Featured Artist Jonathan Katz

Photographer Jonathan Katz presents a collection of abstract images discovered in unexpected places on his urban journeys. Visit his website to see more of his compelling portfolio.

 

abstract photograph of scratches by Jonathan Katz

“Take Cover” photography, sizes vary

 

My abstract photographic work invites viewers to apply their imagination to images of overlooked commonplace objects.

 

Yellow and orange abstract photo closeup of junk

“Interplay” photography, sizes vary

 

The surfaces in which I am most interested in photographing are those treated without concern for their beauty or appearance. The most common of these is the metallic garbage dumpster. Such surfaces are like breeding grounds for randomness as they accumulate unintentional scratches, cracks, dents, stains of many sorts, dirt, and rust.

 

bold blue abstract photo

“Painting” photography, sizes vary

 

In addition to these abused surfaces, I explore naturally generated patterns in common materials such as wood fences and stone tiles. Stained or cracked concrete has also been the basis for some of my favorite images. I put a lot of energy into viewing the real world through an idealized lens. I imagine, often with undue optimism, how a given scene might look once it has been subjected to my photographic process.

 

abstract photo in earth colors by Jonathan Katz

“Metallic Terrain” photography, sizes vary

 

I consider how lines, form, and light values (the tonal range of dark to light) will fill a frame to result in an abstract image that is aesthetically pleasing or challenging. My intention is to convey visual metaphors through my abstract art.

 

abstract photograph looks like a mountain

“Mystic Mountain” photography, sizes vary

 

A metaphor is approximate and literally false. It sparks questions by saying that something is really something else, while knowing that it isn’t exactly so. While we tend to think of metaphor as a mode of verbal/literary thought, I believe that visual metaphor is also common. My work relies heavily on this assumption.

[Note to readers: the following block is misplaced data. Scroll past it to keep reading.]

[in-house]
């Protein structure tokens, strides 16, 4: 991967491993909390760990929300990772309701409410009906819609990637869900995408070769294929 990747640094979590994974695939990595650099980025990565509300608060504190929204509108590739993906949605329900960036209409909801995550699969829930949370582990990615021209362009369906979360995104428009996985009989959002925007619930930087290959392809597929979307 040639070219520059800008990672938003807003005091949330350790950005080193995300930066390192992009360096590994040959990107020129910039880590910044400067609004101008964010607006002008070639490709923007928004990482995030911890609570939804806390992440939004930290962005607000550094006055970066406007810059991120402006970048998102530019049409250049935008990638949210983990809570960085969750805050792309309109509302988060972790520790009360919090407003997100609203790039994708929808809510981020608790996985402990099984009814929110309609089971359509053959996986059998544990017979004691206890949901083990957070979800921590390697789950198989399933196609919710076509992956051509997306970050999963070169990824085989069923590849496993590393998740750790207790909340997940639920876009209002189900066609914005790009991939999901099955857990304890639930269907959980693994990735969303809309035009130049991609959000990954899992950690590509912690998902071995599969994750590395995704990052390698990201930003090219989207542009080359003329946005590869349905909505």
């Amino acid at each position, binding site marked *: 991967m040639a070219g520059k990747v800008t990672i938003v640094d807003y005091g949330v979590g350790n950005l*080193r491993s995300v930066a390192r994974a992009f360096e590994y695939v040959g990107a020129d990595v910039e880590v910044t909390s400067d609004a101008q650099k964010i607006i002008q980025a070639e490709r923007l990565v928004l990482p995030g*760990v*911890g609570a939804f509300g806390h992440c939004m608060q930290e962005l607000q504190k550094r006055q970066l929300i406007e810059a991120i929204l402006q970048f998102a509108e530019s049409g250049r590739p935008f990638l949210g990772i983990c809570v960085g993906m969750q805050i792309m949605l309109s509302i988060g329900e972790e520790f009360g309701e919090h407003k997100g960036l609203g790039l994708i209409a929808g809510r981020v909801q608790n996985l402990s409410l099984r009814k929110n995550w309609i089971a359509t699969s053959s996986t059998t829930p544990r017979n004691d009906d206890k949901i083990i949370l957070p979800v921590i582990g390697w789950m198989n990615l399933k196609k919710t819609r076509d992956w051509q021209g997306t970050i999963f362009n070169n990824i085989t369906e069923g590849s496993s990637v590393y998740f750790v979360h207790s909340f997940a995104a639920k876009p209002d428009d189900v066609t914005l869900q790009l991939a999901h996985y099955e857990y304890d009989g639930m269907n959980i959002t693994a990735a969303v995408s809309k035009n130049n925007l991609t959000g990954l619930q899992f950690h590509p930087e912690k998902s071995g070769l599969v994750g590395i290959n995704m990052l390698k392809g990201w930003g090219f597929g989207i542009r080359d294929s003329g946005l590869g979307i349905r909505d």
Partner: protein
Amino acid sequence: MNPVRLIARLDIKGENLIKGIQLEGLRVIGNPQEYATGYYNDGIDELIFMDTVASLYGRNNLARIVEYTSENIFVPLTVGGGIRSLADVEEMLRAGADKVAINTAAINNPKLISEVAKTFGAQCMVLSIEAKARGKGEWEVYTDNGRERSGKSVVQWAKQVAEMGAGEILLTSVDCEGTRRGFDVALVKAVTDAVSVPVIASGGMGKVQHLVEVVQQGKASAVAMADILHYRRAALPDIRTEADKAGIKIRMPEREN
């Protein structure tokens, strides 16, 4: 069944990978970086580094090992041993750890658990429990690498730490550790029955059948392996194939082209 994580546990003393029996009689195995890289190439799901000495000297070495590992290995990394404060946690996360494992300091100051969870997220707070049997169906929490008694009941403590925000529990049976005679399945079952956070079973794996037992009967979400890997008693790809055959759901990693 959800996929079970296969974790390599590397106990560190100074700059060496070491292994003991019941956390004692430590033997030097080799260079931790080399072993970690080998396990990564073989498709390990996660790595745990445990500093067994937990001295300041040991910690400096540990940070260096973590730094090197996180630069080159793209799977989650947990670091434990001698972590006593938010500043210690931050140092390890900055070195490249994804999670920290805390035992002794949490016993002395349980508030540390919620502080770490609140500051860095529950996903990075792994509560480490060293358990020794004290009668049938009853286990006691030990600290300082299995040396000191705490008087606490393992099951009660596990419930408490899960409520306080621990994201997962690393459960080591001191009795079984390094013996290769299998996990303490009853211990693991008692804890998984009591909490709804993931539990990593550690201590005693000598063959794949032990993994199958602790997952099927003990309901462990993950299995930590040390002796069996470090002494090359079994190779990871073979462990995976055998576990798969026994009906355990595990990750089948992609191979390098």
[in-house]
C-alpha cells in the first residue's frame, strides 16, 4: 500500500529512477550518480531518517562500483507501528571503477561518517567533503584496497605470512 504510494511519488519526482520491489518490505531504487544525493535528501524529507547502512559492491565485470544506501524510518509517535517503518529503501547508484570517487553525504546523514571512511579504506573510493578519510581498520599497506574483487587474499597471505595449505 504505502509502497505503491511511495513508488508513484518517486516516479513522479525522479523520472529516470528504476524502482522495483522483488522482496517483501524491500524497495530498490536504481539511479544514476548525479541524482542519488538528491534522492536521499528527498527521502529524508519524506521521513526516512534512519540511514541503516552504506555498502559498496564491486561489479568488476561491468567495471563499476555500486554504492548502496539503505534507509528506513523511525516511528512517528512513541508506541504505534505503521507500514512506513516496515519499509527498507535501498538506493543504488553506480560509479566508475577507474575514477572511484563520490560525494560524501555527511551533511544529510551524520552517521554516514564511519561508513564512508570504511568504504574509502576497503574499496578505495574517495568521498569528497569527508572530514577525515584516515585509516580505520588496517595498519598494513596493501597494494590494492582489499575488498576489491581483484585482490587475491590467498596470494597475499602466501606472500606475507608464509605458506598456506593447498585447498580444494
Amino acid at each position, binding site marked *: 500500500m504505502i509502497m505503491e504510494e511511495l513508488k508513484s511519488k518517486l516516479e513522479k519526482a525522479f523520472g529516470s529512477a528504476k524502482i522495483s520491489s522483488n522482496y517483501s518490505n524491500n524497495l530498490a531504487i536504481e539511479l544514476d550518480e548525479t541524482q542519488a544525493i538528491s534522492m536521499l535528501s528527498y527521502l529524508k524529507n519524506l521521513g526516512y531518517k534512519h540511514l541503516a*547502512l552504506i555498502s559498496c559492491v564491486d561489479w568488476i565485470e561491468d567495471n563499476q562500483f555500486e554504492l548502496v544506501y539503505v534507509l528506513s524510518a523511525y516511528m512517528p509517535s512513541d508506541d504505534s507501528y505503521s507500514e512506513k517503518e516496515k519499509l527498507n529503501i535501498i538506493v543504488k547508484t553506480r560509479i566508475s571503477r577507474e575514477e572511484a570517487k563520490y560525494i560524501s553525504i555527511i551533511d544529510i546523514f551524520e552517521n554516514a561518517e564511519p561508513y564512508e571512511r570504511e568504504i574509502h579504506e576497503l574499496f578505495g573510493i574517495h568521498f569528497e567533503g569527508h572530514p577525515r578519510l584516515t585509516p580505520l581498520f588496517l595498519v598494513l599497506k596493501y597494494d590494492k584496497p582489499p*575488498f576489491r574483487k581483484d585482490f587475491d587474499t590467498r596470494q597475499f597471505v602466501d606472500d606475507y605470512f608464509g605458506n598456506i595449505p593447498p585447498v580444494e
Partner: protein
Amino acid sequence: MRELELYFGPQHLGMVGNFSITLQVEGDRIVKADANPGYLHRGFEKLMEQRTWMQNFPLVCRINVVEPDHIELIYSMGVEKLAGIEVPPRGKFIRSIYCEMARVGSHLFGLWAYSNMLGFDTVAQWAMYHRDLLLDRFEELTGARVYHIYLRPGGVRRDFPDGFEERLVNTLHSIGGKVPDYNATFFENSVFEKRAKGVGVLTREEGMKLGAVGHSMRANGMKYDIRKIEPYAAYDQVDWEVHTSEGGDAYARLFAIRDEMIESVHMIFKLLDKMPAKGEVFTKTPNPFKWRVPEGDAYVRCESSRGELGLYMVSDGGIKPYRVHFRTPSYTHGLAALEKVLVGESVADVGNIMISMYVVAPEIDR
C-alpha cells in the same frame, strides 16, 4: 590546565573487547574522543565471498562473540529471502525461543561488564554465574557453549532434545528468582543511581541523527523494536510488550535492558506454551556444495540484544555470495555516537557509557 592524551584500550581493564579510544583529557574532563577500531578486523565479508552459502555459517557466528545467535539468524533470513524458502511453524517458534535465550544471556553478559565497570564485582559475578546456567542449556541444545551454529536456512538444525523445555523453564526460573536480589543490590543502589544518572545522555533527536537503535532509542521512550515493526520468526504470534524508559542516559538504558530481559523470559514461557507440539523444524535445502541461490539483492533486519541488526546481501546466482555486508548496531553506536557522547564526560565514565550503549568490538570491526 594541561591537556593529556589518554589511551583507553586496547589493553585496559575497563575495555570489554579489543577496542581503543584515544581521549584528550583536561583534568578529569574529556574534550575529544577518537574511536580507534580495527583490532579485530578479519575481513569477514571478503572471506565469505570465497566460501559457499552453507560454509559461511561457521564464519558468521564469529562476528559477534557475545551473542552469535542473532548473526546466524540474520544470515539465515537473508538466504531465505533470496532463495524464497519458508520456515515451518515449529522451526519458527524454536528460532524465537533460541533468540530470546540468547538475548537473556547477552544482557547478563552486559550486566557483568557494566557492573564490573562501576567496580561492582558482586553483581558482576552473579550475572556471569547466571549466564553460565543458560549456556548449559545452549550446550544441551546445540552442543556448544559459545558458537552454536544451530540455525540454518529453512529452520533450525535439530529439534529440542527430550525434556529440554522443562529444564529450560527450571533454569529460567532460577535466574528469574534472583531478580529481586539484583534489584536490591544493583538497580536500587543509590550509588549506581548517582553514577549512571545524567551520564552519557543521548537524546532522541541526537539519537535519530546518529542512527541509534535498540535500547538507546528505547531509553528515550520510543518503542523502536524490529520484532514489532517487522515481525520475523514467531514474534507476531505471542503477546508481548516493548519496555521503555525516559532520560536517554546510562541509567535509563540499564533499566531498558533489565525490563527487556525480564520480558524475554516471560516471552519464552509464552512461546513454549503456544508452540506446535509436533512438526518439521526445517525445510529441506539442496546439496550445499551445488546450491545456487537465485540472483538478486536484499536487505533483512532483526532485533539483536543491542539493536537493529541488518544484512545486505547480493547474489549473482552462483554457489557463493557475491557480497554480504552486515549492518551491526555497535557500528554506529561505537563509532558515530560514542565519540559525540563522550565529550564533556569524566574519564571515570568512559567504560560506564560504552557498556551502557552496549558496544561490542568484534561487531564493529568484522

dreamy abstract Monet painting scene

“Monet Pond Scene” photography, sizes vary

 

Are the colors in my images are true to life? The answer is that sometimes the colors are very close to reality, but usually they are not. I use software filters freely to optimize an image. This might mean toning down values towards a monochrome palette or enhancing colors for harmony or impact. It is possible to adjust clarity values to blur details towards the abstract. I begrudgingly clone out distracting flaws but keep this to a bare minimum, as preserving some of the underlying reality in each image invites a tension between the real and abstract.

 

abstract photograph in orange and pink

“Smoking Heart” photography, sizes vary

 

My images do not contain any added subject matter or double exposures. For me, a successful photo results when our chaotic world is exploited by photographic intention in a way that allows a viewer to experience something new.

 

abstract photograph dreamy purple

“Abstract Dream” photography, sizes vary

 

When I started taking abstract photos in July of 2017, I wondered whether other people would see the same things in my photos as I did. To a surprising degree, they often don’t. I create each image to maximize what my mind sees, knowing that viewers will provide their own wildly varying and unique interpretations. Images that seem rather specific to me are often received successfully by others as something totally different. An image that stirs a feeling of transcendence for one person may seem deeply ominous or disturbing to another.

 

abstract image closeup photo o f truck scratches

“Truckscape” photography, sizes vary

 

If you would enjoy sharing your thoughts about a specific image, or my work generally, I’d love to hear from you.

 

Jonathan Katz invites you to follow him on Instagram

 

 

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